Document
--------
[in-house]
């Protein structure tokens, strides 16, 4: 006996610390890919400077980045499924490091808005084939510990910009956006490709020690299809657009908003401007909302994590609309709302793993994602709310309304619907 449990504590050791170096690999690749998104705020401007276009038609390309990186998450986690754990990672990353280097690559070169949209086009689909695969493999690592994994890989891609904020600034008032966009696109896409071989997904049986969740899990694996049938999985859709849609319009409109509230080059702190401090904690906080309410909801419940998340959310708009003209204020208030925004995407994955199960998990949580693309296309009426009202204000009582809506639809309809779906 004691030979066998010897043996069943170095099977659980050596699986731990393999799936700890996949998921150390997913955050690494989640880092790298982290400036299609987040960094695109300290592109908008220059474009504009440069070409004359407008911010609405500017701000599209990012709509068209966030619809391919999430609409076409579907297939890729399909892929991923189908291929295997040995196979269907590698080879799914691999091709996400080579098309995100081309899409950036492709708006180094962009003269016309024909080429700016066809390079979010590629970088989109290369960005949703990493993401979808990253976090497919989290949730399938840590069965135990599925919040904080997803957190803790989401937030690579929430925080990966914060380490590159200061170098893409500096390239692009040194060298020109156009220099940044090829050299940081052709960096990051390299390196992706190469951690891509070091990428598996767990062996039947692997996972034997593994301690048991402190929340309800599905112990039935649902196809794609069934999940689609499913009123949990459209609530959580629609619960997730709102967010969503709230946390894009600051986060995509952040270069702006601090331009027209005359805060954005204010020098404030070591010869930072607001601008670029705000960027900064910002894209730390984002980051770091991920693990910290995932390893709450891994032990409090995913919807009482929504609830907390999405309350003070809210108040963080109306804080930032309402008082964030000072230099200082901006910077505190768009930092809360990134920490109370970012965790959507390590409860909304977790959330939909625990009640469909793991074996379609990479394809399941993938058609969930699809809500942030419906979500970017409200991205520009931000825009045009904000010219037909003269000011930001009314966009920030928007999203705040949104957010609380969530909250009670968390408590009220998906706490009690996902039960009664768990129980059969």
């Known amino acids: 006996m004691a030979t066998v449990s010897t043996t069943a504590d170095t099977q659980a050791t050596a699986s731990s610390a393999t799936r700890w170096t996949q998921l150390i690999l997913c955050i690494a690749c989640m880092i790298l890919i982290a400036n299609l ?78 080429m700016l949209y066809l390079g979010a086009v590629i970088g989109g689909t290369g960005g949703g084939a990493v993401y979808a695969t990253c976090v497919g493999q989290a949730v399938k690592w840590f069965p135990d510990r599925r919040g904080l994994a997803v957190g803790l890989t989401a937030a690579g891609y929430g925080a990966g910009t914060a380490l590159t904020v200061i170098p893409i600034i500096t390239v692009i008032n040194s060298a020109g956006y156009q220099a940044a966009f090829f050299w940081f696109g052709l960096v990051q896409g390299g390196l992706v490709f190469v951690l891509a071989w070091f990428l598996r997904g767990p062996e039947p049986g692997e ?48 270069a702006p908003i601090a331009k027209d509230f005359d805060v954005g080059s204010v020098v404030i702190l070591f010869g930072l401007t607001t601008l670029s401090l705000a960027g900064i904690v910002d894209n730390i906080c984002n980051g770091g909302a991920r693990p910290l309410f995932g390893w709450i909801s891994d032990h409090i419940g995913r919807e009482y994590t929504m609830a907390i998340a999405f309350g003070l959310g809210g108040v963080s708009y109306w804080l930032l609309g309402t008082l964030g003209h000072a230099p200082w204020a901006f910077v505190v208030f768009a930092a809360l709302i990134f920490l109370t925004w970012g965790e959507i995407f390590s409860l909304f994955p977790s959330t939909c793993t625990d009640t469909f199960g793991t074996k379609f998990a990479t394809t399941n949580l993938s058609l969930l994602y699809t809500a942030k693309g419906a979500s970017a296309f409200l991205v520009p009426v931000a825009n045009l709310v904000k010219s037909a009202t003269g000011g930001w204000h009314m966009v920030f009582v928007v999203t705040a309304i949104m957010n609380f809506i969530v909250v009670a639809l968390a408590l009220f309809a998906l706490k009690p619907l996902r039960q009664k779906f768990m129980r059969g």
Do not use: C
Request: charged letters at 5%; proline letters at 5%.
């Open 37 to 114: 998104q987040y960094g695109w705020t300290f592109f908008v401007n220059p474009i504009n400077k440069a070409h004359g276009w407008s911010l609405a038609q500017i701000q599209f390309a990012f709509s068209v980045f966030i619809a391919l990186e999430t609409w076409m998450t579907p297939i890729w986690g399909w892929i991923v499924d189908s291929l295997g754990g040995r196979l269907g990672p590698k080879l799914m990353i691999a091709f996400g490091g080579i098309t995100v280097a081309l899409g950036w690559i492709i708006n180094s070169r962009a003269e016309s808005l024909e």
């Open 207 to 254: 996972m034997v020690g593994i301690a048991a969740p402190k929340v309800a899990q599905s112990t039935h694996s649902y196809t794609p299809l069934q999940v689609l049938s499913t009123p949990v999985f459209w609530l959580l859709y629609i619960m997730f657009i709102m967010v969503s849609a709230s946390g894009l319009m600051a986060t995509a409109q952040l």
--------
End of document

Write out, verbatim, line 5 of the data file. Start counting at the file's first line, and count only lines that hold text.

Request: charged letters at 5%; proline letters at 5%.